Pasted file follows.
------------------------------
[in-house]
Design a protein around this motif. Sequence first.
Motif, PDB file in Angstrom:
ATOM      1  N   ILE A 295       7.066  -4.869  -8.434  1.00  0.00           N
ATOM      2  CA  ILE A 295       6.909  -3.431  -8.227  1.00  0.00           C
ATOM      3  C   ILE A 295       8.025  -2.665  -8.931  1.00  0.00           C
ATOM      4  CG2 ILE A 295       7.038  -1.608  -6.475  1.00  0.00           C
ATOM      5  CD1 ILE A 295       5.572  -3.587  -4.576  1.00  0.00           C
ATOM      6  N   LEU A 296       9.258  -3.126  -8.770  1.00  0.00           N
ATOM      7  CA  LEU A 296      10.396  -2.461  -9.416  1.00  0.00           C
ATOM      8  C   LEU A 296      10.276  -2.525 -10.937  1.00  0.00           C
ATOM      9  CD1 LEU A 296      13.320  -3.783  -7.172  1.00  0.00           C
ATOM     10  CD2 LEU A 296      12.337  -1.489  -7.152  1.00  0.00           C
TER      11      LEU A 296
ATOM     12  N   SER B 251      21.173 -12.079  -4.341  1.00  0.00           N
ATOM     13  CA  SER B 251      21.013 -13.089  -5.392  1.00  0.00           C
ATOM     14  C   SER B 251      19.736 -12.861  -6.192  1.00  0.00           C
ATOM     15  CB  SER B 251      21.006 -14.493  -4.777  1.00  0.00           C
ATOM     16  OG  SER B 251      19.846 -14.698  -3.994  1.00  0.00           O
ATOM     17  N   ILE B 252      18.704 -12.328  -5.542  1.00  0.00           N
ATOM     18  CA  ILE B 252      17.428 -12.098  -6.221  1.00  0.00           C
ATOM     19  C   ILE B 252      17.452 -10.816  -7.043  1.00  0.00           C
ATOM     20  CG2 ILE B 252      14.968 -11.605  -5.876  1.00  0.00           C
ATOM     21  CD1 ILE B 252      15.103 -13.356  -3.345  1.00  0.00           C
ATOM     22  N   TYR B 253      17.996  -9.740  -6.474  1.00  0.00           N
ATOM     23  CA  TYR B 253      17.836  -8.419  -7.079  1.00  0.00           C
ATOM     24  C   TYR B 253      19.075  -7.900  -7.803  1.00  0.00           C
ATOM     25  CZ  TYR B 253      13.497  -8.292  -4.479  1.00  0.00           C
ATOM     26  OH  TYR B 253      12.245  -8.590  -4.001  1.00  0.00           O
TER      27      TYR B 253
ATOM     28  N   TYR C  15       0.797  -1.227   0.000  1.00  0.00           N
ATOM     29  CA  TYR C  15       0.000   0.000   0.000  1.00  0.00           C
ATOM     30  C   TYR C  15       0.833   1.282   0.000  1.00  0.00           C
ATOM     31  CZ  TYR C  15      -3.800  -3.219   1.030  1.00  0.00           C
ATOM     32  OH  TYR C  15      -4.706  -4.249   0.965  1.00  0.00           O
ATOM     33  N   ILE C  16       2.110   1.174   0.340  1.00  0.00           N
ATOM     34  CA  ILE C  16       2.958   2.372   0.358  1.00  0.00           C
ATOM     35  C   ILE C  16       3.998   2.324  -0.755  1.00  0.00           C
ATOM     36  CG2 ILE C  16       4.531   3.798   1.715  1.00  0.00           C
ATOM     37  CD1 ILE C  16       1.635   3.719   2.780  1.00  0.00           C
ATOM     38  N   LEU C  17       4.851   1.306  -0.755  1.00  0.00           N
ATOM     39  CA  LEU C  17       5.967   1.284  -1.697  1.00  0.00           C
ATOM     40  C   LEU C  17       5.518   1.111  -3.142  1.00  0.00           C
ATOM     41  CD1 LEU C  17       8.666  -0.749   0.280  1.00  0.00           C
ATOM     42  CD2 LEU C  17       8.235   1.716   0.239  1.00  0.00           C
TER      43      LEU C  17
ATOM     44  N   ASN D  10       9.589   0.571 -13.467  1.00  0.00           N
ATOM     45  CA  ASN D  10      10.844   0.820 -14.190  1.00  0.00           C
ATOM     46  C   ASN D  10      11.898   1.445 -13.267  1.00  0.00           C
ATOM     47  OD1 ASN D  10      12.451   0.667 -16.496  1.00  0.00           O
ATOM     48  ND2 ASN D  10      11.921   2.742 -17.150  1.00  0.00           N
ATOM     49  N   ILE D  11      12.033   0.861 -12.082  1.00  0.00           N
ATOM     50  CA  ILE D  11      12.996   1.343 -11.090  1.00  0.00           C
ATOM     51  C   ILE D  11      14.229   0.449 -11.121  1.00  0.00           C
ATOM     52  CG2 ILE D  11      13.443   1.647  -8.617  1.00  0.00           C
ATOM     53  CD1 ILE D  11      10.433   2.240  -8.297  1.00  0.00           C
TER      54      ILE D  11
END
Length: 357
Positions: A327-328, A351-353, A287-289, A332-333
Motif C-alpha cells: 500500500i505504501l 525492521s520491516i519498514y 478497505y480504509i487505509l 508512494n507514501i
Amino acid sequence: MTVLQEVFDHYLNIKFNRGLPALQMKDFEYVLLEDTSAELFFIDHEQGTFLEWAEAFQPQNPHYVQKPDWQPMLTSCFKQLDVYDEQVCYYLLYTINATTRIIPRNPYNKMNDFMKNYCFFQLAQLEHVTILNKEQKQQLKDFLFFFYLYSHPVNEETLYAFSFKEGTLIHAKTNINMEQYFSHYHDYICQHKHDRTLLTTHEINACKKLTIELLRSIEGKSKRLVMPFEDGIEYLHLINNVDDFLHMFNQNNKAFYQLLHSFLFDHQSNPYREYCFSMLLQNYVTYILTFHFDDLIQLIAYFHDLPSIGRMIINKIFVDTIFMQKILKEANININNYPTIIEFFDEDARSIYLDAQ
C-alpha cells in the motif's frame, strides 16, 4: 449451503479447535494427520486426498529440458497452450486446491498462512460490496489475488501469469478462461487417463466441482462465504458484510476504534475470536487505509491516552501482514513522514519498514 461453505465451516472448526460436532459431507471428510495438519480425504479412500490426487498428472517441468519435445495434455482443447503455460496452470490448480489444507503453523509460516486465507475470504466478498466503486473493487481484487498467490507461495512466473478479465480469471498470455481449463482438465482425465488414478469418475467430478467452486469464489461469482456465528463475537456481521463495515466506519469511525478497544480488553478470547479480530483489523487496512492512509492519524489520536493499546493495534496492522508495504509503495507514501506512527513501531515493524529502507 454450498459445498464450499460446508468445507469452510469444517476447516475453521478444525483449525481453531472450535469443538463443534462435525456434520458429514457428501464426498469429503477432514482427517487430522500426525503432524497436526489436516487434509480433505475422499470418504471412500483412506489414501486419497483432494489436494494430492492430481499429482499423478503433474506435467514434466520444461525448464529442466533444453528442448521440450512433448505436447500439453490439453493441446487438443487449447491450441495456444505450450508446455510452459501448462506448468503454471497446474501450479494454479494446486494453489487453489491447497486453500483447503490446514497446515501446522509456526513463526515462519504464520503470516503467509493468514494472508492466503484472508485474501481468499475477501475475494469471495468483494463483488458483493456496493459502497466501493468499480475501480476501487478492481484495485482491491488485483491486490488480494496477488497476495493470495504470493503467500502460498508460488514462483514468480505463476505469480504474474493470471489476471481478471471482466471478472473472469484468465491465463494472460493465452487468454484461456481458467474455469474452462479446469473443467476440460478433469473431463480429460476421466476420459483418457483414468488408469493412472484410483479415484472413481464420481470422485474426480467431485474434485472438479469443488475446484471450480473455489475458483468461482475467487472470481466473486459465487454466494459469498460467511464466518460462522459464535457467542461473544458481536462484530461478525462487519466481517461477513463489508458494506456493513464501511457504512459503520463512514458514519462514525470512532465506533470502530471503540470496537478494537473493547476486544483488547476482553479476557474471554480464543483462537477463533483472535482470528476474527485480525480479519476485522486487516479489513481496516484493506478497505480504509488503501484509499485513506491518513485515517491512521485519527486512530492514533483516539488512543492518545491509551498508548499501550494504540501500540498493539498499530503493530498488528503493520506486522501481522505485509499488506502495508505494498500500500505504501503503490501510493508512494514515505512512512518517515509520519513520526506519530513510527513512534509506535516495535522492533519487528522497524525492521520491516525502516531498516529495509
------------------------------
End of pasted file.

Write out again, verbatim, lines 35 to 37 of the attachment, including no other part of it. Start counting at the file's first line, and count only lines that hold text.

ATOM     32  OH  TYR C  15      -4.706  -4.249   0.965  1.00  0.00           O
ATOM     33  N   ILE C  16       2.110   1.174   0.340  1.00  0.00           N
ATOM     34  CA  ILE C  16       2.958   2.372   0.358  1.00  0.00           C